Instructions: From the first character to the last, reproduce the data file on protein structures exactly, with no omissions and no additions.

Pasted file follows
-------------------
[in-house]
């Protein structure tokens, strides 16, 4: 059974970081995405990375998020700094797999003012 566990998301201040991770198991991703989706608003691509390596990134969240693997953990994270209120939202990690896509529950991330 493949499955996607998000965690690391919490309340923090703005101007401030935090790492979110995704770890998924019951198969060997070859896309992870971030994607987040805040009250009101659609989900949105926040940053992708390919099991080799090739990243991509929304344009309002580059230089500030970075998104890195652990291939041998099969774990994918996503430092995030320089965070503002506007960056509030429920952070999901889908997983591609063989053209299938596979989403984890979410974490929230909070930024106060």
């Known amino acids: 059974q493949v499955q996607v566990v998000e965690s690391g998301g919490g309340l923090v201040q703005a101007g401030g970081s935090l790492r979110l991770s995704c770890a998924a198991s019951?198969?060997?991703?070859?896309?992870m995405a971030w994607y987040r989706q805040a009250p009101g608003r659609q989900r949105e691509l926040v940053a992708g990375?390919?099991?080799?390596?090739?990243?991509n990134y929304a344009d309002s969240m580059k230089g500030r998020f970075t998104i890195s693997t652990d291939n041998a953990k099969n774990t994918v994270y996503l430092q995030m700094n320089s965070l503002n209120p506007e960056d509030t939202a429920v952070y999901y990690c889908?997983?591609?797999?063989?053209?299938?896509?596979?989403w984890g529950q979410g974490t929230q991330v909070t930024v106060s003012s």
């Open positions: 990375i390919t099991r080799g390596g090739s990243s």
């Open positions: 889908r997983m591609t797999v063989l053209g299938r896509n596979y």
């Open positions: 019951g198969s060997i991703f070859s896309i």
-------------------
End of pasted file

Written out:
[in-house]
């Protein structure tokens, strides 16, 4: 059974970081995405990375998020700094797999003012 566990998301201040991770198991991703989706608003691509390596990134969240693997953990994270209120939202990690896509529950991330 493949499955996607998000965690690391919490309340923090703005101007401030935090790492979110995704770890998924019951198969060997070859896309992870971030994607987040805040009250009101659609989900949105926040940053992708390919099991080799090739990243991509929304344009309002580059230089500030970075998104890195652990291939041998099969774990994918996503430092995030320089965070503002506007960056509030429920952070999901889908997983591609063989053209299938596979989403984890979410974490929230909070930024106060």
């Known amino acids: 059974q493949v499955q996607v566990v998000e965690s690391g998301g919490g309340l923090v201040q703005a101007g401030g970081s935090l790492r979110l991770s995704c770890a998924a198991s019951?198969?060997?991703?070859?896309?992870m995405a971030w994607y987040r989706q805040a009250p009101g608003r659609q989900r949105e691509l926040v940053a992708g990375?390919?099991?080799?390596?090739?990243?991509n990134y929304a344009d309002s969240m580059k230089g500030r998020f970075t998104i890195s693997t652990d291939n041998a953990k099969n774990t994918v994270y996503l430092q995030m700094n320089s965070l503002n209120p506007e960056d509030t939202a429920v952070y999901y990690c889908?997983?591609?797999?063989?053209?299938?896509?596979?989403w984890g529950q979410g974490t929230q991330v909070t930024v106060s003012s």
């Open positions: 990375i390919t099991r080799g390596g090739s990243s």
């Open positions: 889908r997983m591609t797999v063989l053209g299938r896509n596979y």
């Open positions: 019951g198969s060997i991703f070859s896309i």